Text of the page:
The city of Johnstown and Cambria County Transit Authority acquired funding over the summer to begin design work on the park, with the effort expected to move toward construction next year, project partners have said.
“We’re all working together on these projects,” Daly said.
Meanwhile, funding was acquired this fall to begin removing five acres of vegetation – shrubs, trees and other potentially river-clogging debris – from a mile-long stretch of the Stonycreek River channel that has been protecting Johnstown for generations.
The project is expected to be the first of several phases of work needed to clear sedimentation and vegetation along the corridor.
‘Growth and activity’
On the region’s busiest road, there has been activity as well: Two new outpatient health centers – one by Conemaugh Health System and the other by UPMC, and new commercial development, including Aldi Food Market and restaurants such as Starbucks and Kentucky Fried Chicken – have opened alongside Route 22 in Cambria Township since fall 2018.
Much of the new development has occurred near the road’s intersection with Route 219.
“We’re seeing growth and activity there ... and we’re optimistic that momentum will continue in 2020,” Cambria County President Commissioner Tom Chernisky said.
Further south, work on Route 219 in Somerset County has officials from both Cambria and Somerset counties hopeful.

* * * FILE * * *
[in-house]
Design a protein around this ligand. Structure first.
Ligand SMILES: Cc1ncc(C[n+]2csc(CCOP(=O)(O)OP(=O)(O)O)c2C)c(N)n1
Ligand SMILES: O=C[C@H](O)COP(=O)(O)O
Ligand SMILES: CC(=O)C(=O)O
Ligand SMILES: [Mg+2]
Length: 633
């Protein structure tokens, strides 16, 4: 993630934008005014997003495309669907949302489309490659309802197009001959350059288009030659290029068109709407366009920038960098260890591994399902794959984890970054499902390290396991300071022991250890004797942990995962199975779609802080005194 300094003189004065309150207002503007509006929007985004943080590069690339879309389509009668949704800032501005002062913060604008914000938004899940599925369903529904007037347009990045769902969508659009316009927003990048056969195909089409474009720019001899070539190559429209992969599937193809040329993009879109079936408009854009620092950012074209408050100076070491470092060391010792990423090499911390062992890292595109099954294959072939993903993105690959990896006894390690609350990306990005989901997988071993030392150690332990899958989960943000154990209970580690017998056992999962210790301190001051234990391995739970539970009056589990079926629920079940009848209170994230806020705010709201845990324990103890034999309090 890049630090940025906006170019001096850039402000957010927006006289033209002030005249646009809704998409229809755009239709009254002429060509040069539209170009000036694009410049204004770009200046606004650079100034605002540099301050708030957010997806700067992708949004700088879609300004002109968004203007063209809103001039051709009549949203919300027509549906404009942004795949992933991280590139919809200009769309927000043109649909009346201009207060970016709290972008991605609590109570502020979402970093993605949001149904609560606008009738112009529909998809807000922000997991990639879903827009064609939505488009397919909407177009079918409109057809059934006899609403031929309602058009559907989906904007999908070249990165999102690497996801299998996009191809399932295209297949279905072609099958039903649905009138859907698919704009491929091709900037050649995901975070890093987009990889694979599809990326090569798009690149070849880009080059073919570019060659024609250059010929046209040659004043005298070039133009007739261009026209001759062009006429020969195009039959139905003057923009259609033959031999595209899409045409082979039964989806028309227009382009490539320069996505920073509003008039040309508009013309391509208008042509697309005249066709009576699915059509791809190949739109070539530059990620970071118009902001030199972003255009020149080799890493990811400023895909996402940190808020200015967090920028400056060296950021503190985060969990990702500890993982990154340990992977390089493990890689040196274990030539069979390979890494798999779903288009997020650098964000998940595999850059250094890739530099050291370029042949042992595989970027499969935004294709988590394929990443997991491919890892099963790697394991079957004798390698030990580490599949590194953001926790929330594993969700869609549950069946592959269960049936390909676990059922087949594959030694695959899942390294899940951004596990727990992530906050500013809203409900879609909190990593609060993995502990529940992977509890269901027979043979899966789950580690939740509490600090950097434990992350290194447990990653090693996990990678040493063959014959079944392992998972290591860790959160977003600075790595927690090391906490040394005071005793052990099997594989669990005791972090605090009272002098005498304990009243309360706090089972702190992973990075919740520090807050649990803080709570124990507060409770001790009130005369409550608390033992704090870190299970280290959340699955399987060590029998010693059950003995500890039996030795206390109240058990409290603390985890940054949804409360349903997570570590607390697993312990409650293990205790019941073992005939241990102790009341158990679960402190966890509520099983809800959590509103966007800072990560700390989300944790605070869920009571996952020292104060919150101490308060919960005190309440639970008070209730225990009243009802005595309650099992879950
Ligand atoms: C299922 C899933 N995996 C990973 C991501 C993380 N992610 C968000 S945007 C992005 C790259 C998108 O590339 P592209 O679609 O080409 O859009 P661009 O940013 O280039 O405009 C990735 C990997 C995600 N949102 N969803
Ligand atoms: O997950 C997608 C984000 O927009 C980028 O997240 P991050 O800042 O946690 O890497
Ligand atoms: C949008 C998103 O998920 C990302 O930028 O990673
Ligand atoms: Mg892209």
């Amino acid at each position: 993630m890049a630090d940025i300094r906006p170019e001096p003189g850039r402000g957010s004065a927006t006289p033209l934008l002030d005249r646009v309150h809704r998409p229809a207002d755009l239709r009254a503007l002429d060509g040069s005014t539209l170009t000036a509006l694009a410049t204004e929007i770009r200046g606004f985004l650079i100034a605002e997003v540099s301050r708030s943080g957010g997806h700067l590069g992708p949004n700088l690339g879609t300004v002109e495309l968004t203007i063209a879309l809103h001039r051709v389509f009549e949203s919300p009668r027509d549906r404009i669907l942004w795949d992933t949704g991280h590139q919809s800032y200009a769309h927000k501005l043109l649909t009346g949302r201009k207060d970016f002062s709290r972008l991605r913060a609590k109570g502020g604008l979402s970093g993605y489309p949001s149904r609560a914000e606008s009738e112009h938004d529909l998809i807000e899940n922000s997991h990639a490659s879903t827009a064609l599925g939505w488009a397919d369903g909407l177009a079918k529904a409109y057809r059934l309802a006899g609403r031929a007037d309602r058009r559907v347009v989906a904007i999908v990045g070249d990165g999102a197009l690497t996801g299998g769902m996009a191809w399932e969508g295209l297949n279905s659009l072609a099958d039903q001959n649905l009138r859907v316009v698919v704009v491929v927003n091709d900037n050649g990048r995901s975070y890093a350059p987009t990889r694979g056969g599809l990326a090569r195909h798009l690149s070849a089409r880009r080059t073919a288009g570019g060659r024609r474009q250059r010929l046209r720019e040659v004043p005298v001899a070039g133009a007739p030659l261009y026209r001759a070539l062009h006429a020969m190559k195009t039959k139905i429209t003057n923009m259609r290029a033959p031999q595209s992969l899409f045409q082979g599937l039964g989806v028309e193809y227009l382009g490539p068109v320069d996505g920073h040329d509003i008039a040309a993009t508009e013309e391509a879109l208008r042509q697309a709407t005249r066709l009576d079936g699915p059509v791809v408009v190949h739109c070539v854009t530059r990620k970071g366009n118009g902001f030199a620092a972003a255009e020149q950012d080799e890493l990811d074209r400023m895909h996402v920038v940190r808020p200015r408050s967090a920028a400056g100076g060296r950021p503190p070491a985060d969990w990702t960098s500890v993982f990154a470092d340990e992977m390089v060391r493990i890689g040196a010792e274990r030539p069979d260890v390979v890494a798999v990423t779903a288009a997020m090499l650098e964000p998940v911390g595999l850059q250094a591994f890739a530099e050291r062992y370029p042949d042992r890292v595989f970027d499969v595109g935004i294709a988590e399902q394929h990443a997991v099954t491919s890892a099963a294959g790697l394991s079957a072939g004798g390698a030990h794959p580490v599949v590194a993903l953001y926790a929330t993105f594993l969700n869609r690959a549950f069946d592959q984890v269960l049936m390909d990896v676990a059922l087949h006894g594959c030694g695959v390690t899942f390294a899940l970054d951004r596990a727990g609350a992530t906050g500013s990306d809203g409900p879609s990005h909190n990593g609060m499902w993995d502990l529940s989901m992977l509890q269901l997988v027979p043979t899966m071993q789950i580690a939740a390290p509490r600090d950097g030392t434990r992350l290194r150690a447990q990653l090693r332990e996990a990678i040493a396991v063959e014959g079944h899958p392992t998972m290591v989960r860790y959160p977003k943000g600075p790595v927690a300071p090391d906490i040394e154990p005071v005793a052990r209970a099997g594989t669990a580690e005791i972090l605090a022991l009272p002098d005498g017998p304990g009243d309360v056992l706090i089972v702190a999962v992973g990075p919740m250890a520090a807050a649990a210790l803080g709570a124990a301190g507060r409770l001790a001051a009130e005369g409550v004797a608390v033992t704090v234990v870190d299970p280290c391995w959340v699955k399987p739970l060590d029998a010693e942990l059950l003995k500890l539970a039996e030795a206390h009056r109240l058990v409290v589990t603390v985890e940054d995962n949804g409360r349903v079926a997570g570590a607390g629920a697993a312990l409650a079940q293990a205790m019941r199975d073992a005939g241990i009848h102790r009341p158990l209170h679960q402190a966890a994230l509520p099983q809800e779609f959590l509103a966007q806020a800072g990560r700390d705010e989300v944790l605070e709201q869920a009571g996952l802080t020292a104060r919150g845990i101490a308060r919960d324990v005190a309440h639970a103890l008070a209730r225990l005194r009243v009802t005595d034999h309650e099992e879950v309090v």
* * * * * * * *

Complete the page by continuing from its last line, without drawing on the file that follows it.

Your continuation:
A year ago, 11 miles of limited-access highway opened, extending the four-lane stretch of highway from Somerset to Meyersdale. It was the largest extension of the road in decades.
Maryland has started work on a $61.5 million, less-than-two-mile stretch of the same road from Interstate 68 to the Pennsylvania state line – a project expected to wrap by mid-2021.
In October, Maryland state transportation officials reached out to PennDOT about co-applying for the federal dollars needed to develop the final eight miles of highway.
Somerset County President Commissioner Gerald Walker said efforts are moving in the right direction.
“I’m hopeful the first part of the year will show increased traction on completing Route 219,” he said.
Chernisky said progress would be a victory for the region.
“We have a lot of optimism for it,” he said. “And we’re going to continue to support that connection to Interstate 68.”